As a writer, first person can be limiting, so it’s important to weigh the benefits with the limitations. When using first person, your story remains in one character’s head. Scenes cannot be told from another character’s point of view (unless alternating chapters are used, with two or more characters each speaking in first person in his/her chapter—which helps avoid the limitation, but may become confusing for the reader). One limitation of first person, which can result in one of the “lower writing quality” issues that come up in YA/adult reader arguments, is that the speaker describing his/her own physical appearance or actions can sometimes read as awkward or overly precious. Divergent, an enjoyable book that builds an intriguing world and situation (and that translated successfully to film), falls into this trap at times with phrases like, “my fingernails bite my palms,” and “I press air from my lungs,” and “I press my palms to my face.” However, the reader connection that first person brings to a story can often make it worth taking on its challenges and limitations.

In a similar way, the choice of tense has a specific impact on a story. The use of present tense can draw in a reader closely to the speaker’s point of view, giving the story a sense of immediacy. However, it also limits a writer in a way that past tense does not (past tense and third person allow the most flexibility for a writer in terms of elements such as points of view and the ability to show through description). Again, it is a matter of choice, not a matter of which tense is correct. For some stories, and for some writers, present tense is the most effective choice. It can also be a useful technique to use tense changes to distinguish between the current action of a novel and flashback chapters or scenes within a novel. For example, the Prologue of Pure is in past tense, as it shows a long-past event that feels very distant from the current reality of the main character, while the body of the novel is in present tense, which helps convey the story’s urgency and tension.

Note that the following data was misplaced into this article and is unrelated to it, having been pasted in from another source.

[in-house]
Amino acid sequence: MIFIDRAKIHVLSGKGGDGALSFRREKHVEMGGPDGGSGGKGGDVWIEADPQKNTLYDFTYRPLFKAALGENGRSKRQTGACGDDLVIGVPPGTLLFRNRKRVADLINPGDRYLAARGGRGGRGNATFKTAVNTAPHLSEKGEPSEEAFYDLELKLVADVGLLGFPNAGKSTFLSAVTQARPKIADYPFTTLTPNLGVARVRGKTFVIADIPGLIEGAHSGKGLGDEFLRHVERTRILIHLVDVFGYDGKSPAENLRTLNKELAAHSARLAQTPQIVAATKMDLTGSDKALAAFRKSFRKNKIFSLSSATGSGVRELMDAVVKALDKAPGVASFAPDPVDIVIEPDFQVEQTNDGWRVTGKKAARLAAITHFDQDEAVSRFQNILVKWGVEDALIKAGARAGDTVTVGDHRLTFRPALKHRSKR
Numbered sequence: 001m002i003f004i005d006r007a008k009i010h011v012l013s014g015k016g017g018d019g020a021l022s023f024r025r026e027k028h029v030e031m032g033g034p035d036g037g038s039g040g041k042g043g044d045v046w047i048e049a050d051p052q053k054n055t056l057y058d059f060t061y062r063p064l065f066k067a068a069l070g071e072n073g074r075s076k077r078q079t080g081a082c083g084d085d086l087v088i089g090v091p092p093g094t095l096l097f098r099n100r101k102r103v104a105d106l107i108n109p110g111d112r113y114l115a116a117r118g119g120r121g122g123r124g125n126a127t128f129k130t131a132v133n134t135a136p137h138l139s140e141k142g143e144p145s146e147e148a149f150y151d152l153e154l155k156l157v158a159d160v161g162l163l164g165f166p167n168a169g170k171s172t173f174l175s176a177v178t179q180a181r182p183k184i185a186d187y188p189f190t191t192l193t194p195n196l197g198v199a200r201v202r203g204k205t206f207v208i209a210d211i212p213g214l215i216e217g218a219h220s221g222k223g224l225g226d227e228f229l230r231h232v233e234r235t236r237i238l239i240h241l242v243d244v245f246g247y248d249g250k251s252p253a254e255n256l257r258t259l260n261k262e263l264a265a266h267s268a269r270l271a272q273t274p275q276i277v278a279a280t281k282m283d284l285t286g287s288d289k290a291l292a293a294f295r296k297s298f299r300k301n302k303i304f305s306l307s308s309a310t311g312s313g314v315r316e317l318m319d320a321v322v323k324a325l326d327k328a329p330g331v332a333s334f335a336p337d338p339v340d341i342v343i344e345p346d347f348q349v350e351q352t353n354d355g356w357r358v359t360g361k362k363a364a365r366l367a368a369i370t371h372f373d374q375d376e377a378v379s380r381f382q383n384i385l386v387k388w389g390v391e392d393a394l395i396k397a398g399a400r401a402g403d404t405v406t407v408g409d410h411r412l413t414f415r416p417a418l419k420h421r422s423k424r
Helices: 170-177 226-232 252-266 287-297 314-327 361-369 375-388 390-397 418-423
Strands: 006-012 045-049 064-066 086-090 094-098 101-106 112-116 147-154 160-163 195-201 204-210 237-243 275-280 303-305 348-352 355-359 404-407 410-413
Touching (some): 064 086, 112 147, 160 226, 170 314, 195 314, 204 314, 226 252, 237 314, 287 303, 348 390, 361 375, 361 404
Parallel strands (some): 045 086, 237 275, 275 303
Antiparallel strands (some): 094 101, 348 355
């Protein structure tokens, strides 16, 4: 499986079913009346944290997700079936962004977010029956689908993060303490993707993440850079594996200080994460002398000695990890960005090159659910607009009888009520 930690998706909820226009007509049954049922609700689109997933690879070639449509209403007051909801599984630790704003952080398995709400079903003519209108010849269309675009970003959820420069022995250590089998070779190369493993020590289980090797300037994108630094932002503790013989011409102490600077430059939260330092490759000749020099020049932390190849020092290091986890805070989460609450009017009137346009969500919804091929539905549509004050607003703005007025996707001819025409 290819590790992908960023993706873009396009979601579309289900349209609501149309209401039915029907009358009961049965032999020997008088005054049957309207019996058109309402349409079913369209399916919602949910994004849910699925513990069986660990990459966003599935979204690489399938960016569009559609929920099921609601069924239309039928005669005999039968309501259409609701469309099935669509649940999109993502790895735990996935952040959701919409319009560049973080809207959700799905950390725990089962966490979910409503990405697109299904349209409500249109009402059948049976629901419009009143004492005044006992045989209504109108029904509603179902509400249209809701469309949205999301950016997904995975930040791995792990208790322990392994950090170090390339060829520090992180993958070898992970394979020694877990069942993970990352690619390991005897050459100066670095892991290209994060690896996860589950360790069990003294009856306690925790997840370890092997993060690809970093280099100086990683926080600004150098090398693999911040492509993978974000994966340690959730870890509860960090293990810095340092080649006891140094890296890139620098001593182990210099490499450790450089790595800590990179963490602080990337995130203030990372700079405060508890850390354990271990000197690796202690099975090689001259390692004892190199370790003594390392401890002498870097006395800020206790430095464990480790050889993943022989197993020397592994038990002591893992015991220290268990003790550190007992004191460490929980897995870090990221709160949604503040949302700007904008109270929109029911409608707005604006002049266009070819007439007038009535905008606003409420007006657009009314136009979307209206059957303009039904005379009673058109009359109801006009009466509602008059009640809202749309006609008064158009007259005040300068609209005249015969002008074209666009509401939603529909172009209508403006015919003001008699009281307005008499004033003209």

When discussing and writing YA lit in an MFA class, remember to be respectful of each other’s preferences, to be open to hearing different opinions, to give insights to the class and be willing to learn and grow from other students’ insights. Remember that we all love writing, we all love good stories, and we’re all here to keep growing as writers and readers together.

—Beth Mead

On-Campus or Fully Online (No Residency Requirement)

In the LU MFA Foundations series, our faculty members 
discuss or clarify foundational elements of the craft of creative writing.
Other entries in the series are linked here.

Wednesday, May 20, 2015

LU MFA Foundations: Literary Fiction & Genre Fiction--Wm. Anthony Connolly

It can be difficult, but not impossible, to discern the difference between fiction that is literary from fiction that is genre. In much the same way we’d know the difference between classical and hip hop music, we can know the difference between literary and genre fiction. In this analogy, music is music. Well, fiction is fiction, too. Music comes in types. Fiction comes in types. The important thing to remember is that the term literary is not a value judgment, much in the same way the term hip hop is not a value judgment, but rather a way to say what type of music it is.